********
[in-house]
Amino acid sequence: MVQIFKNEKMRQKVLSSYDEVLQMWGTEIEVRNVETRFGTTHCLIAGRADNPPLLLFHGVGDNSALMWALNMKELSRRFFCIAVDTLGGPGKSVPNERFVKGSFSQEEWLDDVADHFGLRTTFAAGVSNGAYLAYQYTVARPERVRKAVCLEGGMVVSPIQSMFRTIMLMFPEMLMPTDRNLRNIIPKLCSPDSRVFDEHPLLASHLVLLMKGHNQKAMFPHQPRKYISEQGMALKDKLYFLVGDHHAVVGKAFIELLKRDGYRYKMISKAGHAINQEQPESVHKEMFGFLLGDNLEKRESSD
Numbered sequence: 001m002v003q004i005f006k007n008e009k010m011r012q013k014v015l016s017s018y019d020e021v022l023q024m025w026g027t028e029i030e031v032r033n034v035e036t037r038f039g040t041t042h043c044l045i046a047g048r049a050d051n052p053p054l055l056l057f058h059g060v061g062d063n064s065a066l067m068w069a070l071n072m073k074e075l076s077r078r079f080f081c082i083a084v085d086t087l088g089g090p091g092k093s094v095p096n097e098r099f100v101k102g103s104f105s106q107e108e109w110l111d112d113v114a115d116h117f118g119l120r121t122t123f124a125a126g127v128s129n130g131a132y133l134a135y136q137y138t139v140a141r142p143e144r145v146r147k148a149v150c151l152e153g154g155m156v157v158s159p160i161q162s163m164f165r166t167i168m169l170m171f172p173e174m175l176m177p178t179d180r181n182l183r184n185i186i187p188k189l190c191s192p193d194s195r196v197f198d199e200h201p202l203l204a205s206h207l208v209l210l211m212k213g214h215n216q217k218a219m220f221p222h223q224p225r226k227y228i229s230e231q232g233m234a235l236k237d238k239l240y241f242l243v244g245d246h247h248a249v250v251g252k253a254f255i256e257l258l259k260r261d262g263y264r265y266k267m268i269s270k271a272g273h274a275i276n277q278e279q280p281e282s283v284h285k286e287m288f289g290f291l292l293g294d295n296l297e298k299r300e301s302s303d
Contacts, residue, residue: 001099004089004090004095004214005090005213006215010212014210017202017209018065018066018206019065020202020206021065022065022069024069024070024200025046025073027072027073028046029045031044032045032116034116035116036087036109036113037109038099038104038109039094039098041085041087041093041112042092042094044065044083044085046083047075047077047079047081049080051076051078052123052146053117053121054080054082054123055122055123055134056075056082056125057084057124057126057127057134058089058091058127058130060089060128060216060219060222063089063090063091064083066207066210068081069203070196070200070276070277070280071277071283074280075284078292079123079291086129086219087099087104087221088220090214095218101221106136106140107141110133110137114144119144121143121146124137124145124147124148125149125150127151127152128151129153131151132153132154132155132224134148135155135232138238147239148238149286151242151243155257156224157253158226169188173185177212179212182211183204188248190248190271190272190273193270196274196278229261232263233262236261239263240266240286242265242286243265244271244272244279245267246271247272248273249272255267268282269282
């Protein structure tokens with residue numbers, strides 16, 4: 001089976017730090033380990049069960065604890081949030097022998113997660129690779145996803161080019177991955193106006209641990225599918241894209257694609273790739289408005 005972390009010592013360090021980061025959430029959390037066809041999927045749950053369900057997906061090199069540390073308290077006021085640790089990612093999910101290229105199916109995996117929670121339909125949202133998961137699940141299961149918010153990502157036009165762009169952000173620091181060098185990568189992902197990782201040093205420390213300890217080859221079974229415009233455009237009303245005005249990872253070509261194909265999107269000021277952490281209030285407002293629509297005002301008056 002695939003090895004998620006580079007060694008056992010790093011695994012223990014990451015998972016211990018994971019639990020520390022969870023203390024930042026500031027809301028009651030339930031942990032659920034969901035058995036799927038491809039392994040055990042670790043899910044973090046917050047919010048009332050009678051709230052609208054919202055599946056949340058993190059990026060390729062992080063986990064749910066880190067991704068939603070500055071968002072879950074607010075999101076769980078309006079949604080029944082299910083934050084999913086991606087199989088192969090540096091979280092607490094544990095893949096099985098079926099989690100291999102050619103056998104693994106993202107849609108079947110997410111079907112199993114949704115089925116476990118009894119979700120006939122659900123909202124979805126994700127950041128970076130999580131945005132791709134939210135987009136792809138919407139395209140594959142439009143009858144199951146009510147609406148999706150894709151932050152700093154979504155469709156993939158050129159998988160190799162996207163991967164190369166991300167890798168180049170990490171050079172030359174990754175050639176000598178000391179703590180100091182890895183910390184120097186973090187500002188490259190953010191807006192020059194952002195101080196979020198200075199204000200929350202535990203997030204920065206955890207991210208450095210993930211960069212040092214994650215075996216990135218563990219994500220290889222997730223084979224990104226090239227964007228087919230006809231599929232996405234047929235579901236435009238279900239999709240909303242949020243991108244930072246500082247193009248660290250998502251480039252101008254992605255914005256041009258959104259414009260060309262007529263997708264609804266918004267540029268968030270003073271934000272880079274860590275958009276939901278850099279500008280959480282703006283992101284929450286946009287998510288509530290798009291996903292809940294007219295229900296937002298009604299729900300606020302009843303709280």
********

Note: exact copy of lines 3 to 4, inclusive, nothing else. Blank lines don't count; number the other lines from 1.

Numbered sequence: 001m002v003q004i005f006k007n008e009k010m011r012q013k014v015l016s017s018y019d020e021v022l023q024m025w026g027t028e029i030e031v032r033n034v035e036t037r038f039g040t041t042h043c044l045i046a047g048r049a050d051n052p053p054l055l056l057f058h059g060v061g062d063n064s065a066l067m068w069a070l071n072m073k074e075l076s077r078r079f080f081c082i083a084v085d086t087l088g089g090p091g092k093s094v095p096n097e098r099f100v101k102g103s104f105s106q107e108e109w110l111d112d113v114a115d116h117f118g119l120r121t122t123f124a125a126g127v128s129n130g131a132y133l134a135y136q137y138t139v140a141r142p143e144r145v146r147k148a149v150c151l152e153g154g155m156v157v158s159p160i161q162s163m164f165r166t167i168m169l170m171f172p173e174m175l176m177p178t179d180r181n182l183r184n185i186i187p188k189l190c191s192p193d194s195r196v197f198d199e200h201p202l203l204a205s206h207l208v209l210l211m212k213g214h215n216q217k218a219m220f221p222h223q224p225r226k227y228i229s230e231q232g233m234a235l236k237d238k239l240y241f242l243v244g245d246h247h248a249v250v251g252k253a254f255i256e257l258l259k260r261d262g263y264r265y266k267m268i269s270k271a272g273h274a275i276n277q278e279q280p281e282s283v284h285k286e287m288f289g290f291l292l293g294d295n296l297e298k299r300e301s302s303d
Contacts, residue, residue: 001099004089004090004095004214005090005213006215010212014210017202017209018065018066018206019065020202020206021065022065022069024069024070024200025046025073027072027073028046029045031044032045032116034116035116036087036109036113037109038099038104038109039094039098041085041087041093041112042092042094044065044083044085046083047075047077047079047081049080051076051078052123052146053117053121054080054082054123055122055123055134056075056082056125057084057124057126057127057134058089058091058127058130060089060128060216060219060222063089063090063091064083066207066210068081069203070196070200070276070277070280071277071283074280075284078292079123079291086129086219087099087104087221088220090214095218101221106136106140107141110133110137114144119144121143121146124137124145124147124148125149125150127151127152128151129153131151132153132154132155132224134148135155135232138238147239148238149286151242151243155257156224157253158226169188173185177212179212182211183204188248190248190271190272190273193270196274196278229261232263233262236261239263240266240286242265242286243265244271244272244279245267246271247272248273249272255267268282269282